I assume this is for me. I used an elementary link because it’s an elementary concept. Terms being critical. You gave a more complex definition about 7-D, which seems to be out of whack with your previous 1-D, and none of which sheds any light on whatever it is you are talking about.

Lausten: “I assume this is for me. I used an elementary link because it’s an elementary concept. Terms being critical. You gave a more complex definition about 7-D, which seems to be out of whack with your previous 1-D, and none of which sheds any light on whatever it is you are talking about.”

Yes, I suppose my original post was a bit cheesy, maybe more than a bit. I encounter many people who apparently are convinced that the universe has three dimensions that are fundamental physical attributes. Their up-down, forward-backward, left-right experience on the surface of the Earth seems to limit their ability to grasp the true nature of the universe.

I tried to show, with the visual aid of stacked cannon balls (ping-pong balls), that the common 3-D geometry is just one of many possible geometries we can use to describe places, or positions, in the volume we call space.

Since I missed the mark with you I have to assume I missed it with everyone; my lighthearted approach failed. However, I think that your reference to “it” (a 3-D world) as an “elementary concept” reinforces my position.

The existence of a volume must precede an attempt to describe it.
So? Air existing must precede me taking a breath in order to tell you that air exists. Anything else you'd like to explain, Mr Obvious?
Blah, blah, blah, geometry, blah. Blah, blah, more geometry, 7-D geometry, blah, blah. Blah, blah, still more geometry, blah, blah. Physics!
Um...what? What was step 2 again? The one before "Profit"?

Widershins: “Um…what? What was step 2 again? The one before “Profit”?”

?

It was a South Park joke. Geometry is not physics. Physics is physics. Yes, there is math in physics which tells us things, or at least suggests them. Math brought us big bang theory. Math brought us 11 dimensions. But not math alone, ever. Math informed by observations of the universe brought us big bang theory. Math informed by observations of the universe brought us 11 dimensions. Math alone is not enough to tell us anything about the universe. It must be math informed by the universe itself.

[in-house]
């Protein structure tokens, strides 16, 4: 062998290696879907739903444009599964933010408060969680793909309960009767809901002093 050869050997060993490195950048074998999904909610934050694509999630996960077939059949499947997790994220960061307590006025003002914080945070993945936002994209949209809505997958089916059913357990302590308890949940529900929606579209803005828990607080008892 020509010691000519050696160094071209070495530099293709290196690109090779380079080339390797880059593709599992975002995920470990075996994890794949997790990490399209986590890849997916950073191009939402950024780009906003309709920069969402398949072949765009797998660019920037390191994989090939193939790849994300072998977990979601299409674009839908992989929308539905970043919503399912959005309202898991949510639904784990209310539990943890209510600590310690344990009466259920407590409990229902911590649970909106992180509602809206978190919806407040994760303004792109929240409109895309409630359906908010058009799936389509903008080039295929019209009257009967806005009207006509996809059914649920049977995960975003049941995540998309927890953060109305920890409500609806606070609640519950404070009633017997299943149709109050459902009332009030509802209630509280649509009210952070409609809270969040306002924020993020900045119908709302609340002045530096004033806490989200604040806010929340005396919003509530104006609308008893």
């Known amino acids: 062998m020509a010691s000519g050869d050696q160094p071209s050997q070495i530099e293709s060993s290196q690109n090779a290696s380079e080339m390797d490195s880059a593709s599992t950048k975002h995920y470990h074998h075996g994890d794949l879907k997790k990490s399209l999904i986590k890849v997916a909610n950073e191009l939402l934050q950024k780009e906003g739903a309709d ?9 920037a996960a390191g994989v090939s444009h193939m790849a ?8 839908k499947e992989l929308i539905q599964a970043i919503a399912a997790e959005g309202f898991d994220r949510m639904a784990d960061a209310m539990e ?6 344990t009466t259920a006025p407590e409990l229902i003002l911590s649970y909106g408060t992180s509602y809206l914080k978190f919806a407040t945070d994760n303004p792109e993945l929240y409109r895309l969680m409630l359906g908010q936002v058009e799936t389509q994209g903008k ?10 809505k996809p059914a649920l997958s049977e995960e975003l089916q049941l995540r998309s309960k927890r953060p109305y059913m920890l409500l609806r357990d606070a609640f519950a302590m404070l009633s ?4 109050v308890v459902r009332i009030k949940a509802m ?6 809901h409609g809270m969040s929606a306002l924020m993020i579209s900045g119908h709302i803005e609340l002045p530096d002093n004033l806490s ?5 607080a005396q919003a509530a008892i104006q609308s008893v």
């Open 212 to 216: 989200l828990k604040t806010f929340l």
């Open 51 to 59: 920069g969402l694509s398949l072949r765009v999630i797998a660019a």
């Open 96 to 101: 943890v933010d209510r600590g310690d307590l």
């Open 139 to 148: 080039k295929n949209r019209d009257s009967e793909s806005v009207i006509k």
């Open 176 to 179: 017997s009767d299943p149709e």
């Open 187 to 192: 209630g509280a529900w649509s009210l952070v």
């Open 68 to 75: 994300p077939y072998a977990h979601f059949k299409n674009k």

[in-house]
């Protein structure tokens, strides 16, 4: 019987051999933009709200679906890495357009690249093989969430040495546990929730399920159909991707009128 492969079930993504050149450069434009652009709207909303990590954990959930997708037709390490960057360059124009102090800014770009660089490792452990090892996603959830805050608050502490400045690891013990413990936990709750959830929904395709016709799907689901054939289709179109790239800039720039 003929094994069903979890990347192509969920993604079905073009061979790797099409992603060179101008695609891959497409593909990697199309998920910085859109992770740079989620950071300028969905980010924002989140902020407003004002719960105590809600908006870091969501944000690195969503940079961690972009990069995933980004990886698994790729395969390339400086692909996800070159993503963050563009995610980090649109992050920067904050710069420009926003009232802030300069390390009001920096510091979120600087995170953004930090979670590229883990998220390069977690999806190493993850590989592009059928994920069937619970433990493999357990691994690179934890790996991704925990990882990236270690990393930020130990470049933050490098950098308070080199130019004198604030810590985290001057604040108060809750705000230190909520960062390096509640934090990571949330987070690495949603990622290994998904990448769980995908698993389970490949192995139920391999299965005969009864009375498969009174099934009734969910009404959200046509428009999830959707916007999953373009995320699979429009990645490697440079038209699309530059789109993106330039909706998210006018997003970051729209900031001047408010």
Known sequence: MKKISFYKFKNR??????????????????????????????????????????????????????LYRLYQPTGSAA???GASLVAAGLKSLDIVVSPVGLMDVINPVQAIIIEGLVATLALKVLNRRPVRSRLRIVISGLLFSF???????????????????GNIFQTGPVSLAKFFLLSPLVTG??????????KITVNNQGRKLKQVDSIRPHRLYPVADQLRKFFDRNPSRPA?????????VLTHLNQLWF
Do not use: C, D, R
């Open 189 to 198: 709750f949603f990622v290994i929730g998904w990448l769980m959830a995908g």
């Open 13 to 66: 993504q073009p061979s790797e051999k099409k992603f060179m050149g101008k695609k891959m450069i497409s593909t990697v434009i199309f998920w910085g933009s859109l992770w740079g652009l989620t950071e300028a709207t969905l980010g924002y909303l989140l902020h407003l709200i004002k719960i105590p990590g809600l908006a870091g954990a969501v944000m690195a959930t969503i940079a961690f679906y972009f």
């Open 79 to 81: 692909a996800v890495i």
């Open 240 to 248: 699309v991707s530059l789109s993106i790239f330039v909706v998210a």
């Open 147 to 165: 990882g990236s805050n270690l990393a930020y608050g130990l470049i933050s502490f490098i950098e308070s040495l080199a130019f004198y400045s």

I have never seen South Park. I suppose that was obvious.

I’ve been waiting on someone to tell me that seven-plane geometry is not 7-D and that it would be better to call it 6-D since the intersections of the seven planes produce only six of the lines that commonly would be called dimensions (in the geometric sense). I suspect there is a rule for that somewhere, but I haven’t found it. I’m still not sure which one conveys the meaning best.

I would not attempt to do physics in a pseudoscience arena. The observation of a geometry inherent in the ways we stack cannon balls and the fact that a triangular bi-pyramid tessellates a volume leads me to believe it has application in physics. I have noted in particular that it can describe in integer terms the rest state of least energy stacked spheres. This could be a basis for a description of the state of the universe at least energy or zero energy state. I think this qualifies as pseudoscience.

Okay, I think I understand your point a little better now and believe I have an intelligent question to ask. If I understand you correctly, this math doesn’t actually say, “There ARE 7 dimensions”. It actually says, “There are AT LEAST 7 dimensions”. After all, being able to draw on a page does not say that there ARE 3 dimensions, just that there are AT LEAST 3 dimensions, those being the 2 we are drawing on and the third which separates us from the page.

I guess it all depends on the definition of “dimension”. In a general sense, a dimension could be any characteristic, attribute or quality of an object, event or process. I was trying to stick to the definition in a geometric sense where any position in the volume is described as an offset from an origin.

In the common 3-D geometry where the origin is P(0) and the position to be described is P(1):

P(1) = P(0) + (aX, bY, cZ) where a,b and c are units along the X, Y and Z axes respectively. All the other math in this geometry is developed from this equation. These three axes provide all of the 3-D geometric dimensions; there are no others.

In the same way in 6-D geometry (I have decided to use 6-D rather than 7-D to be more conventional. I should have had the sense to do that to begin with.):

P(1) = P(0) + (aL, bM, cR, dS, eT, fW) where a, b, c, d, e, and f are units along the L, M, R, S, T and W axes respectively. All the other math in this geometry is developed from this equation. These six axes provide all of the 6-D geometric dimensions; there are no others.

In both the common 3-D and this 6-D the letters are just labels chosen to be able to keep up with axis is which. There is no other meaning.